GENERAL SANTOS CITY, January 8, 2013 – Horrible! What horror wrought by a terrible hand! On reading the news and seeing the pictures of the wrath of “Pablo” such description may even be unapt.
I was 14 years old when we left Iloilo for Mindanao on December 31, 1939 and arriving in Dadiangas on January 4, 1940. That makes me a 72-year-old Mindanawon. This long I have not experienced a typhoon. In my 14 years in Iloilo as far as I can remember typhoon was a yearly visitation coming at most three times a year on typhoon season.
We were living in a bamboo and cogon house in our farm among the hills. The winds screamed. Coconuts and bamboos swayed; bananas in the open were flattened. But our house that rattled and squeaked as it quaked with the winds was spared. And so were the other bamboo and cogon houses and huts in the neighboring hills and in our barrio along the provincial road.
The typhoons brought strong rains and floods creating a sea of the fields below the hills and swelling to the brim the banks of a nearby brook and a river. But the flood waters, while brown, carried not much mud. Within a day or two after the typhoon had passed, the waters would recede. Whatever damages the typhoons had wrought were minimal.
We expected typhoons every year. We knew the months they were to come regularly. In anticipation, my father braced our house with bamboos. So did our other neighbors in the neighboring hills with bamboo and cogon houses.
From the reports and pictures from the Mindanao provinces “Pablo” had visited it appeared that this “Pablo” was a hundred times stronger than the unnamed typhoons I experienced in Iloilo. By the damages it had wrought and the horrible tales of the victims, it was a thousand times destructive.
More than a thousand people dead! More than 70 years ago, the typhoons had not drowned a single person in our barrio in the 14 years I was there; in the entire province there were reports of one or two but not during every typhoon. Of course, 70 years ago, the flood followed a regular course, not descending so suddenly upon villages carrying tons and tons of mud. There were no hill or mountain slides.
“Pablo”, as a picture in the Philippine Daily Inquirer showed, flattened a whole town center; in a picture by MindaNews, it left no banana standing in a 10,000-hectare, or bigger, plantation. Coconut trees were shorn of their palms or uprooted, big trees toppled. Galvanized iron roofs of concrete or semi-concrete buildings were ripped and blown away, lighter houses left in heaps of rubbles; concrete bridges wrecked.
The typhoons that visited us with predictable seasonal regularity more than 70 years ago were only annoying visitors compared to “Pablo” and its generation which are monthly or weekly avengers of the wrathful Mother Nature.
What has made Mother Nature so angry — not only with the Philippines but the entire world? The favored among men – blessed with fortune and power — since the latter half of the last century, to satisfy their greed, abused Mother Nature’s bounty and protective system on earth and above. The perfect balance of nature destroyed, the innocents now suffer the catastrophe of atmospheric and geophysical imbalance.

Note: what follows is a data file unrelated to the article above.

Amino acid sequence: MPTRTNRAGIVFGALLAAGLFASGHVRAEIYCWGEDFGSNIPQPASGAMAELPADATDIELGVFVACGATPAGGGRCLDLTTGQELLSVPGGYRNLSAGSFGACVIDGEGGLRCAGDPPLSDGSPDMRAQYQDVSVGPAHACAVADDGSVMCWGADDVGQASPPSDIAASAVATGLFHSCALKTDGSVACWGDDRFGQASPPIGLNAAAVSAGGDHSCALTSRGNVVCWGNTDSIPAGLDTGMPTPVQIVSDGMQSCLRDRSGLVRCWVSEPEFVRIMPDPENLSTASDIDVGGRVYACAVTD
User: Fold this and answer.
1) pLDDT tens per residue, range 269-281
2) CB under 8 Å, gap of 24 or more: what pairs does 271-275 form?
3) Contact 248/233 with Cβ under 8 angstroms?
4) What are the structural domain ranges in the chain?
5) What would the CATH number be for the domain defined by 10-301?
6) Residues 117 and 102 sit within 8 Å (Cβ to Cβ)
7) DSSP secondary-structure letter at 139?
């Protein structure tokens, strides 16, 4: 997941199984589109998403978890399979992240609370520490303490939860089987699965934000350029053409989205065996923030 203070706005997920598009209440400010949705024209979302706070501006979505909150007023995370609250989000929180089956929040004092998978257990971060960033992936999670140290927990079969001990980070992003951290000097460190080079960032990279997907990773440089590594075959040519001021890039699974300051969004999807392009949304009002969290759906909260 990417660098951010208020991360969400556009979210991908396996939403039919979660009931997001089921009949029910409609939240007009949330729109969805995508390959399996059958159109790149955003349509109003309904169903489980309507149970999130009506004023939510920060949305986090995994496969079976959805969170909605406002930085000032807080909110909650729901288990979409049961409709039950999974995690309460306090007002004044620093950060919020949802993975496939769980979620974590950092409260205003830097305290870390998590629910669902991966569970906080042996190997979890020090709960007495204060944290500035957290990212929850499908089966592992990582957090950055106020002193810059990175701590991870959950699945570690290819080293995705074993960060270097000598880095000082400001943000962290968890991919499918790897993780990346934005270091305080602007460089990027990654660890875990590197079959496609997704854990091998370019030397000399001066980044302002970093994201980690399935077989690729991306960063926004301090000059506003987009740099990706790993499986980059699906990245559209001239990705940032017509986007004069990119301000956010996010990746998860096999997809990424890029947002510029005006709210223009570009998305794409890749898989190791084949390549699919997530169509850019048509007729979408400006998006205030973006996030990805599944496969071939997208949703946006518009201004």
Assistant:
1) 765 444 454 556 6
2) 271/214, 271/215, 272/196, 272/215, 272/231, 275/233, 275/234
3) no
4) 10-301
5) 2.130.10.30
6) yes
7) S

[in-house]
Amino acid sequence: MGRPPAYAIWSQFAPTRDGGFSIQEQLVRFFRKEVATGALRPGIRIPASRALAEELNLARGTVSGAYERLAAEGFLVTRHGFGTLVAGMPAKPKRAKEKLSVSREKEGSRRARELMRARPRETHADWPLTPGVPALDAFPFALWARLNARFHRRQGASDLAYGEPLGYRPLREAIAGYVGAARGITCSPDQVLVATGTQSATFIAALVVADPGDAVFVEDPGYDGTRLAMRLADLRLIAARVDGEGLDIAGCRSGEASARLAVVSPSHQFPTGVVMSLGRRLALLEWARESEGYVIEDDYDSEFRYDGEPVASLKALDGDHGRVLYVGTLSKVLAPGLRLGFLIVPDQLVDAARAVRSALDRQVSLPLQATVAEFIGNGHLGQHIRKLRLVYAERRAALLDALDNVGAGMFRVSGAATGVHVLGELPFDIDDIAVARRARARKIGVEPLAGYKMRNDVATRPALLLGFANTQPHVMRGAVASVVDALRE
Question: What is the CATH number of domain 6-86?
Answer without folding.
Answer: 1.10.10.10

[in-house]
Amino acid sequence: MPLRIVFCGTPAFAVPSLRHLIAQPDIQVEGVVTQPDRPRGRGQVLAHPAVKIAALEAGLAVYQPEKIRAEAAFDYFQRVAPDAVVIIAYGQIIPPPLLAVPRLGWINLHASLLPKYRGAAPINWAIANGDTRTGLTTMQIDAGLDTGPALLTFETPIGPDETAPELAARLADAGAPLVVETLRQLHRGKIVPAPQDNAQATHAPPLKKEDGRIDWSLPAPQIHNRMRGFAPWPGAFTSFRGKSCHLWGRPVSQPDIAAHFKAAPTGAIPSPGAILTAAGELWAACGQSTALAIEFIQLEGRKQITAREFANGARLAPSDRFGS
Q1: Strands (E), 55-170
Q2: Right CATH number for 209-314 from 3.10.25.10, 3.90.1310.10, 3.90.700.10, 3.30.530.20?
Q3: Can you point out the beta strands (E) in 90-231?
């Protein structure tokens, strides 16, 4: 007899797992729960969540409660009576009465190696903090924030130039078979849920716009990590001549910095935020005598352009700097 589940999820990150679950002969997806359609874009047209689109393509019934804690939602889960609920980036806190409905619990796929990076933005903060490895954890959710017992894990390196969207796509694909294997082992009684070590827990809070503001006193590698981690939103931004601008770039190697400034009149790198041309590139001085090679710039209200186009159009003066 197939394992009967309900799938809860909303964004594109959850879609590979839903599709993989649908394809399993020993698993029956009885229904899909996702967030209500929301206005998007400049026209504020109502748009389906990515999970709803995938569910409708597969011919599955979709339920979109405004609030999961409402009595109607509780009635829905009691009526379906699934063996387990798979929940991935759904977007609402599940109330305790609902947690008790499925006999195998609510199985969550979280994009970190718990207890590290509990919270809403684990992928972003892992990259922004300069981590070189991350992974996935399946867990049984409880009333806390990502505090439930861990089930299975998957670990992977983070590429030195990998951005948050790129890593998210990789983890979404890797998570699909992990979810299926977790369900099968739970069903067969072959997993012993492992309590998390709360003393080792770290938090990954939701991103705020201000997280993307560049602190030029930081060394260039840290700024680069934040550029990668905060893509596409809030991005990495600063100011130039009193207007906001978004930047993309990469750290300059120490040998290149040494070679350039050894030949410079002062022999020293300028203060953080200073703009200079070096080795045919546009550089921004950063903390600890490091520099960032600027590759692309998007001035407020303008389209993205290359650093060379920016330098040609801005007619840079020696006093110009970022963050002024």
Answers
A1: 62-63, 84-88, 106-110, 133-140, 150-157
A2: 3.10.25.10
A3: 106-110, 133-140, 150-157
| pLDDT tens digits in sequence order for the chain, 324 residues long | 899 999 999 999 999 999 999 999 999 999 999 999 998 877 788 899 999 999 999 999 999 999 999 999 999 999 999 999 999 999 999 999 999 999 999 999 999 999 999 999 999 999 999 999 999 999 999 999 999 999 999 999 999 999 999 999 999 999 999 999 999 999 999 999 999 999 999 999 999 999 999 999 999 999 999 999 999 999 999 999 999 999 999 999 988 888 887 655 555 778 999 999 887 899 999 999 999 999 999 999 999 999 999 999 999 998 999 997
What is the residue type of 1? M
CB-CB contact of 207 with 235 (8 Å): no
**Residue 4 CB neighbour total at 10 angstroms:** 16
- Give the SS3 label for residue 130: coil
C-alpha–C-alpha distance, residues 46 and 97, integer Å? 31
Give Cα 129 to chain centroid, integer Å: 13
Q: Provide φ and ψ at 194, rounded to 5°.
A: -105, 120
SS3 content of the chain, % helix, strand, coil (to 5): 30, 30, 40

When we arrived in Lagao Settlement in 1940, the mountains were lushly forested. Two rivers to the west, Silway and its main tributary Klinan, were roaring and deep. Buayan River to the east was wider and deeper. Between Lagao and Buayan was the Baluan forest, five kilometers or more wide, extending from the Conel and Malungon forests down to the sea; a deep creek teeming with shrimps ran through Baluan forest. The forests are now all gone; the rivers practically dried up.
This is true throughout Mindanao and the entire Philippines. In the 1950s, the Congress passed laws legalizing logging. The forests were partitioned into concessions with the influential and wealthy members of the Congress and their friends as concessioners. By the 1970s the once lushly forested mountains were bald — their protective covers gone. The plains are now at the mercy of floods with tons of mud and landslides.
Elsewhere in the world parts of countries – Australia, China, the United States and other Asian and South American countries among them – have been devastated by Mother Nature’s avengers, typhoons and floods. Will man be able to restore the natural orders he has destroyed? The Kyoto Protocol has yet to make a score.
In the Philippines it’s all “sounds and worry” – no match to the avengers’ “sounds and fury destroying everything”. The best that could be done is to warn the people to flee to safe grounds. But as “Pablo” has shown, where are the “safe grounds”? States of calamities are declared; reliefs are given the victims. But the billions of pesos in term of infrastructures, farms and crops, agro-industries and private properties destroyed are lost forever.
For Mindanao, it’s a sad awakening – no longer typhoon free since “Sendong” ravished northern Mindanao particularly Cagayan de Oro City in 2011. The typhoons are moving fast southward. Another low pressure area, the third since “Pablo” struck the north last December 4 is moving toward southern Mindanao and may hit Davao City and General Santos City.
So far, General Santos City has had cold and rainy weather for the last three days. Will I experience a typhoon after 72 years?
Mother Nature’s wrath spares no one. – (Patricio P. Diaz/MindaNews)